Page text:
This means a few different things. First, a BTG that has been stripped of its attached conscripts is a whole different beast than a BTG deployed with conscripts. BTGs with conscripts have more human eyeballs detecting enemies and (from the Russian commands view) a buffer of expendable troops to absorb enemy attacks or counter-attacks. A “naked” BTG (without conscripts) would be far more fragile. It would have a much harder time covering its assigned frontage and have far more difficulty defending its rear units. The difference would also present much differently to the attacker. A Ukrainian unit attacking a BTG with conscripts will first find easily defeated troops and then get pounded by Russian artillery and get counter attacked by organic BTG units. Ukrainians attacking the infantry companies of a naked BTG would find the defenders to be much better trained and armed, but relatively few.
This would produce some of what we are currently seeing. It was recently reported that Ukrainians took heavy losses assaulting a town north of Kharkiv. This is an area Russia has controlled for a while. It may be that the BTG stationed there still has its attached conscripts and because it possibly hasn’t moved in a while the officers have had time to get everyone on the same page. Meanwhile elsewhere, we have frequent back and forth attacks between the two countries. In a more fluid environment, the attached conscripts for the Russian BTGs are more likely to get separated and be out of place relative to the core of the BTG. In these cases the Ukrainians may encounter easily run over units, or face stiff opposition depending upon who they run into. All these armor units moving without screening conscripts makes for easy ambushing for the Ukrainians, which is also what we have seen.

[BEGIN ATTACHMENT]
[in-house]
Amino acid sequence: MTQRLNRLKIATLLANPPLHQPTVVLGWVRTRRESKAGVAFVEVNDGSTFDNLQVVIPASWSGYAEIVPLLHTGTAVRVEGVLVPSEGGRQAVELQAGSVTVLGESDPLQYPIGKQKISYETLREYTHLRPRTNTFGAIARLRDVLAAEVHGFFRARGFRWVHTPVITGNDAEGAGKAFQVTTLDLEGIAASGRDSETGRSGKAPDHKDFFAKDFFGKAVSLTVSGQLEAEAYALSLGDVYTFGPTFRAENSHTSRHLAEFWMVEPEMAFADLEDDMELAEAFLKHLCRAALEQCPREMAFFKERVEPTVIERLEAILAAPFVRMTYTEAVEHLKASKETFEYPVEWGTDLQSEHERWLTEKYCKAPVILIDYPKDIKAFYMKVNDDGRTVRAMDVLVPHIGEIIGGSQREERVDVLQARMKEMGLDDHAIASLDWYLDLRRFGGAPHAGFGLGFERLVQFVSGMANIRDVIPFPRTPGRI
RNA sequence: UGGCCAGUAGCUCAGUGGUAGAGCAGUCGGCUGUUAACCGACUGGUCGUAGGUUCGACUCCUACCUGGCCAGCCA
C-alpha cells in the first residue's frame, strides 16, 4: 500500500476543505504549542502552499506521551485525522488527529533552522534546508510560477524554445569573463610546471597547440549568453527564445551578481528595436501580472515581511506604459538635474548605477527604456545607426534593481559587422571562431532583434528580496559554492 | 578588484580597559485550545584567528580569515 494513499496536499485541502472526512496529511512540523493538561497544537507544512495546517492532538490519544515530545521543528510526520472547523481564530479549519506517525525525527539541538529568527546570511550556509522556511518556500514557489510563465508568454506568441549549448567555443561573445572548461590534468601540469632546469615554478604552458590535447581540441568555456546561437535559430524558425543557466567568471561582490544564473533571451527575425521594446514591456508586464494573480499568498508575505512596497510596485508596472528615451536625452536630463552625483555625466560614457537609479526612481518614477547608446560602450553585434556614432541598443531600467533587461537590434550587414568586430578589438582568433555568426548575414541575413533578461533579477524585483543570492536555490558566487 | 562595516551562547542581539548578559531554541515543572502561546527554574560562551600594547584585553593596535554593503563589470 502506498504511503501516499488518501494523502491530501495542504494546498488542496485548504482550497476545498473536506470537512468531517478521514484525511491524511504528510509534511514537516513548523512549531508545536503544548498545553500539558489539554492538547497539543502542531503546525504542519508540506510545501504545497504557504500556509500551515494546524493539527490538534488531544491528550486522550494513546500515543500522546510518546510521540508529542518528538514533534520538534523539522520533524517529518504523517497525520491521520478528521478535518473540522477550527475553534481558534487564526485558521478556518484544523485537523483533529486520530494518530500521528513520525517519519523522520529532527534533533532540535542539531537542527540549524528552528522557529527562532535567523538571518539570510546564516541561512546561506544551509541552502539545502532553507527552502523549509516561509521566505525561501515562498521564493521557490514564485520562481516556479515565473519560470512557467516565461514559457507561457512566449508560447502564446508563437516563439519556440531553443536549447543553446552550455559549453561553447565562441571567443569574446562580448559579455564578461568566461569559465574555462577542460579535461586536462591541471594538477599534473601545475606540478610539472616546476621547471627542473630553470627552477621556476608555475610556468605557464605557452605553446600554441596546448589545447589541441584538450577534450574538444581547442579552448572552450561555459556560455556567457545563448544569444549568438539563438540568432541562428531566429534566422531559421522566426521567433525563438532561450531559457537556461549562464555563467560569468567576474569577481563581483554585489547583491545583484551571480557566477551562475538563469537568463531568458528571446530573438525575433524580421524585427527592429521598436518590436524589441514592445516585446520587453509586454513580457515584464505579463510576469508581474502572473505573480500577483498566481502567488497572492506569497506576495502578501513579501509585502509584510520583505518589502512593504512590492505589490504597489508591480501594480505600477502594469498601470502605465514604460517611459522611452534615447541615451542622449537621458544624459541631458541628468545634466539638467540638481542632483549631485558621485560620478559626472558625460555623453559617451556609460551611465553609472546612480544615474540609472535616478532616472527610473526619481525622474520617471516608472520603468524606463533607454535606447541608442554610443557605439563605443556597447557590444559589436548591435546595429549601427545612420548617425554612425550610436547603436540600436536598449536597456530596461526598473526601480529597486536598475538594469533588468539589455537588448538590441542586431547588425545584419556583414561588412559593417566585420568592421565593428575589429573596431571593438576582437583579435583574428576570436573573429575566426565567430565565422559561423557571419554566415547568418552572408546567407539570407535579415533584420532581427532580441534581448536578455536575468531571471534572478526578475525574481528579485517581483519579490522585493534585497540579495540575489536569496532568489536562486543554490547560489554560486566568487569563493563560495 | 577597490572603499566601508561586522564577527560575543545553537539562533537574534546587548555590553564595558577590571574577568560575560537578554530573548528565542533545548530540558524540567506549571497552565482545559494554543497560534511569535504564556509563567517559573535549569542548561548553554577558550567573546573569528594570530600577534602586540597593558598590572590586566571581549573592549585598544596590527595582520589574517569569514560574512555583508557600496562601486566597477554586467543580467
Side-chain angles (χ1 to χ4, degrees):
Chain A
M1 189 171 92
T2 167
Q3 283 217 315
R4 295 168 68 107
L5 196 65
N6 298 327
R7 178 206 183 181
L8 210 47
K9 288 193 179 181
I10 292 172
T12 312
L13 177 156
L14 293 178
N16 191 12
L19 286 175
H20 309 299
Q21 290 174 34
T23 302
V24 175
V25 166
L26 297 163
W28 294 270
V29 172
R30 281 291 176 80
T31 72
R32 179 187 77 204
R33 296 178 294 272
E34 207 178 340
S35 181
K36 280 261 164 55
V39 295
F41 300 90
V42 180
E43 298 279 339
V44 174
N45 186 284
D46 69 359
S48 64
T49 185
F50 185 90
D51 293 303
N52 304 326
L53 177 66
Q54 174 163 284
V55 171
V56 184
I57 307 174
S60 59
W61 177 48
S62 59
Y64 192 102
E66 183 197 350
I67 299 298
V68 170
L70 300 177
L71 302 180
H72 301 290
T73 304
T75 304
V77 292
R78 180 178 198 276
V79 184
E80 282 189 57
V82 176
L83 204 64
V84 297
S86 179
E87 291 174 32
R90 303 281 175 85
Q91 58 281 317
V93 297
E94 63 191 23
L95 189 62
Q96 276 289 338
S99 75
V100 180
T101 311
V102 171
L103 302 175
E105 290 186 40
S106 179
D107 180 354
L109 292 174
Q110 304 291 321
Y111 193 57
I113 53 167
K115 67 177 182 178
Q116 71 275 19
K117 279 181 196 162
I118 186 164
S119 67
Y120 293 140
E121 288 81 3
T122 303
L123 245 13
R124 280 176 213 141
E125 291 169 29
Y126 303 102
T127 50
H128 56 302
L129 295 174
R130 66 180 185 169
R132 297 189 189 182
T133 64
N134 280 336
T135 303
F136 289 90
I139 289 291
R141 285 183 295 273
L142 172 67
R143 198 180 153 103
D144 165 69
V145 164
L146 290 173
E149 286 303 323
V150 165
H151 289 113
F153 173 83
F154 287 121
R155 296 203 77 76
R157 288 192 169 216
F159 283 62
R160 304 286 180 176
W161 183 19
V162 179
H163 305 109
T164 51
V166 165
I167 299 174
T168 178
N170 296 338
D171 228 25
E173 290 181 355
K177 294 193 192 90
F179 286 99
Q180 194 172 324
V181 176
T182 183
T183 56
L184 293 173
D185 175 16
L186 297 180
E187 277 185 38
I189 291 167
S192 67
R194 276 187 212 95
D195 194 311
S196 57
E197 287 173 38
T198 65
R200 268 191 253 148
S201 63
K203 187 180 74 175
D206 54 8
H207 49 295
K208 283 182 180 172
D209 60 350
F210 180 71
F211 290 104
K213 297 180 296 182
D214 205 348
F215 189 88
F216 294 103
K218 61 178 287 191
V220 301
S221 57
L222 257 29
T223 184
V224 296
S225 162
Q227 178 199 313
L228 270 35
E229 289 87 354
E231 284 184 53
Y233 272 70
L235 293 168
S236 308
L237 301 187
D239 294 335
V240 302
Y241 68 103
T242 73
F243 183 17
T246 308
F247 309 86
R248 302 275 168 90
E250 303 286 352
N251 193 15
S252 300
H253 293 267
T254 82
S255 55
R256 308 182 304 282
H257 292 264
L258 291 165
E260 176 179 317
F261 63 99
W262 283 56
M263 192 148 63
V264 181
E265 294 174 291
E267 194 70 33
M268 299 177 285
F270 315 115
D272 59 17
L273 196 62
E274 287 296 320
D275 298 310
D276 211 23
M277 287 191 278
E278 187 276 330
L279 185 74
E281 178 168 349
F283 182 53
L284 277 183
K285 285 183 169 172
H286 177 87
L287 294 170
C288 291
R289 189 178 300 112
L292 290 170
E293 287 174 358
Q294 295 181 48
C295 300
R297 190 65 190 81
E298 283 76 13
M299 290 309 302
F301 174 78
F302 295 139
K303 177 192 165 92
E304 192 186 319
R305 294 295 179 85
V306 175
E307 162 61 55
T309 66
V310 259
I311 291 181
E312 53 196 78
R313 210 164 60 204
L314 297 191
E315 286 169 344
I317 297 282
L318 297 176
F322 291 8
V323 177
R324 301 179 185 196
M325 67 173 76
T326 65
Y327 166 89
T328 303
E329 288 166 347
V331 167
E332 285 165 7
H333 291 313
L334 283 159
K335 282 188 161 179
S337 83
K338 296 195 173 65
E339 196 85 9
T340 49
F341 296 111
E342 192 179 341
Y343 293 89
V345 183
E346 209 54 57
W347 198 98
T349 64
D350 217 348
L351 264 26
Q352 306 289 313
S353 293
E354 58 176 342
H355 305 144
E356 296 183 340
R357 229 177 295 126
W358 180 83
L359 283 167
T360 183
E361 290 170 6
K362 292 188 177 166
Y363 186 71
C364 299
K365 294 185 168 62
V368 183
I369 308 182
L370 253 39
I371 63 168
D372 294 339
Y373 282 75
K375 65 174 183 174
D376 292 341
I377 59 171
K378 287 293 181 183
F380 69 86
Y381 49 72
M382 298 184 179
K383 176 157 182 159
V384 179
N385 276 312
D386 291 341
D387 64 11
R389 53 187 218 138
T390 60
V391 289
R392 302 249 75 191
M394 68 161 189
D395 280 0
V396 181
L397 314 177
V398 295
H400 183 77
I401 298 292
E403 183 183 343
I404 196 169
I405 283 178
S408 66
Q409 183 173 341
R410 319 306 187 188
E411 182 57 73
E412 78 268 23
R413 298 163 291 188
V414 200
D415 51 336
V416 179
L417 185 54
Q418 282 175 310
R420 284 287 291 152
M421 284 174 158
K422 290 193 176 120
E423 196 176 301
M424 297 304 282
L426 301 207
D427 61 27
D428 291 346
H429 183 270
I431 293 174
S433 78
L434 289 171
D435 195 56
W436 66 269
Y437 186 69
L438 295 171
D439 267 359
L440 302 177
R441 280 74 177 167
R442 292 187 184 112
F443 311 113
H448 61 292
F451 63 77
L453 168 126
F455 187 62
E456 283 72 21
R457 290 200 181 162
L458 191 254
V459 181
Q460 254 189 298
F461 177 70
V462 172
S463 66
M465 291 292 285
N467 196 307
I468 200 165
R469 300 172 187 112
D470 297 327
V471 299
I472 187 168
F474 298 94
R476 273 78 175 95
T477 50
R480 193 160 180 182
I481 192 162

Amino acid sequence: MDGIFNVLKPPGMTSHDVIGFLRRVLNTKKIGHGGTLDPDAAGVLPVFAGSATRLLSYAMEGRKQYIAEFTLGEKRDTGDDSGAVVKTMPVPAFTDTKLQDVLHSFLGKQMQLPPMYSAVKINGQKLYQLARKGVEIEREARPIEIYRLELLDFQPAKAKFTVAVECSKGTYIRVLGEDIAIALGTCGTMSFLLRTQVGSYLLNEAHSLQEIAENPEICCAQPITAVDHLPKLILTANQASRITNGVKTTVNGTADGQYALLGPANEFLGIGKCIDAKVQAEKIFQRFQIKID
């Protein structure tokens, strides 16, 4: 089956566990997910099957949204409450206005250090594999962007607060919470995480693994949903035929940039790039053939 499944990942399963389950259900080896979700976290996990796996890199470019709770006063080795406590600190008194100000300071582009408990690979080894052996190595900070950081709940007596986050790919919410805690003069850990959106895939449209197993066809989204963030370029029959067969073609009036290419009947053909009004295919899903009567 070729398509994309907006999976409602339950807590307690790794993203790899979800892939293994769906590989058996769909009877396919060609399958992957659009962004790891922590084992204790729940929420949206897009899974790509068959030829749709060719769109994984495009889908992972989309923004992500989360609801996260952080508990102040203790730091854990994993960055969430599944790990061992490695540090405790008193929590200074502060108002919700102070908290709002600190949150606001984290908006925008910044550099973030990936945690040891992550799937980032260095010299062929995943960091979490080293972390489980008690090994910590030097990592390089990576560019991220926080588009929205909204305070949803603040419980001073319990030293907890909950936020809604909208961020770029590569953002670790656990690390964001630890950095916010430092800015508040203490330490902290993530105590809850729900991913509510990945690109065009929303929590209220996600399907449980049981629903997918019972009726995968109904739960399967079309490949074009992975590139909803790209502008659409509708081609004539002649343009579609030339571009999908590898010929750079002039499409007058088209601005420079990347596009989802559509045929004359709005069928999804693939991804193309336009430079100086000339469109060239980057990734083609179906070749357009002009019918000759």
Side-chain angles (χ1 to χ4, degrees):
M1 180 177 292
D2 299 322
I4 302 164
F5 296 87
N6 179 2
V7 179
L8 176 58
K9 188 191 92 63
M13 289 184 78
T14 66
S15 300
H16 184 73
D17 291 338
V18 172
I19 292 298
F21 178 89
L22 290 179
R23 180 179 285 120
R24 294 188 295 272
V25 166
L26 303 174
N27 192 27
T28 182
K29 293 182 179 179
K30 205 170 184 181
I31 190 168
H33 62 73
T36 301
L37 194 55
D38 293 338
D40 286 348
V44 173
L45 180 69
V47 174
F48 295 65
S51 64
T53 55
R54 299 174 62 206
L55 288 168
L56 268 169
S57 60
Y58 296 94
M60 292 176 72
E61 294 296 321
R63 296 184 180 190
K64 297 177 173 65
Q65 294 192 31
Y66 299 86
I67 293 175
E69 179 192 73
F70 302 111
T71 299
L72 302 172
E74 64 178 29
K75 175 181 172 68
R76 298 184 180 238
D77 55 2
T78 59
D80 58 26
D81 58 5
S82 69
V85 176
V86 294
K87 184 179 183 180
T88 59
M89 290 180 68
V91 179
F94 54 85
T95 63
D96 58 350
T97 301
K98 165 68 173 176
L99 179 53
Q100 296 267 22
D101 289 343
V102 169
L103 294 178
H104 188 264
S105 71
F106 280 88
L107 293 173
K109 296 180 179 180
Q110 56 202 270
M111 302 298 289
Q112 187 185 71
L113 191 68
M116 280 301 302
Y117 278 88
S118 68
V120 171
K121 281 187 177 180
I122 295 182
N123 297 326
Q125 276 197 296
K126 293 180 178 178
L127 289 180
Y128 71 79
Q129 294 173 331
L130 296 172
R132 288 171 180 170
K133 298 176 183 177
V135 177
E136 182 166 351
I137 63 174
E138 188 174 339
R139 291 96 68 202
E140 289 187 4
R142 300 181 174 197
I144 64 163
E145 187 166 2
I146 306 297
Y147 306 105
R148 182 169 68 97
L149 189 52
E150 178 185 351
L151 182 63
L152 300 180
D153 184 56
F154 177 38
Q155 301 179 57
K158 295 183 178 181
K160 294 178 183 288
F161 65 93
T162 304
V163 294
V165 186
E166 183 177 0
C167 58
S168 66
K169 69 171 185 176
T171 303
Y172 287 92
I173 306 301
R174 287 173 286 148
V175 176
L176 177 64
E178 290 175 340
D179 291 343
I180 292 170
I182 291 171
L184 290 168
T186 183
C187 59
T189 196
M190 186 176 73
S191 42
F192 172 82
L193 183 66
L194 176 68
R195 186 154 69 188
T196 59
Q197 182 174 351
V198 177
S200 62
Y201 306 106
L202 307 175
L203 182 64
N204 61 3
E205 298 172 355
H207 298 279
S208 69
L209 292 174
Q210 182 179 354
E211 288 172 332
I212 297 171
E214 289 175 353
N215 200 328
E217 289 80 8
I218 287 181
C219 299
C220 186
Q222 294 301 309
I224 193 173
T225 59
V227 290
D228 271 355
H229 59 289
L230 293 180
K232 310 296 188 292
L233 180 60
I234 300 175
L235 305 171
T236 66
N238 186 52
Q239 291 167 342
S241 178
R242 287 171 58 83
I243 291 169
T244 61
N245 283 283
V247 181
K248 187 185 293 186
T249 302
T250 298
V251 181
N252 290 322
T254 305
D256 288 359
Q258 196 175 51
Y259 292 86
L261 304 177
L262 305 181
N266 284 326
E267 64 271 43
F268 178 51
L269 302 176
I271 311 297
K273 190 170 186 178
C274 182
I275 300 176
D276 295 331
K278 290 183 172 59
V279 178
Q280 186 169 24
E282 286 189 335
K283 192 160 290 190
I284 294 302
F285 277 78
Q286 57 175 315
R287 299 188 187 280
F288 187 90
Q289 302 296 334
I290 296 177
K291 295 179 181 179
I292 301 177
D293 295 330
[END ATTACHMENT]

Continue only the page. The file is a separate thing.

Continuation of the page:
This dependence upon conscripts would also explain much of the difficulty Russia has on the offensive. As the attached conscript units have not trained extensively with the core BTG, there is more friction in getting them to move where the generals want them. Whether it’s misunderstandings, lack of experience, or a desire to not be the expendable masses Russian command wants them to be, the attached units may move at a different pace than the core BTG, essentially slowing it down. When the colonel of the BTG has difficulty getting the “cooperation” of the conscript forces it may occasionally take a General to come in to make the conscript force move. As the conscript forces have poor equipment, including radios, this is possibly one of the reasons we see Generals coming to the front lines more often.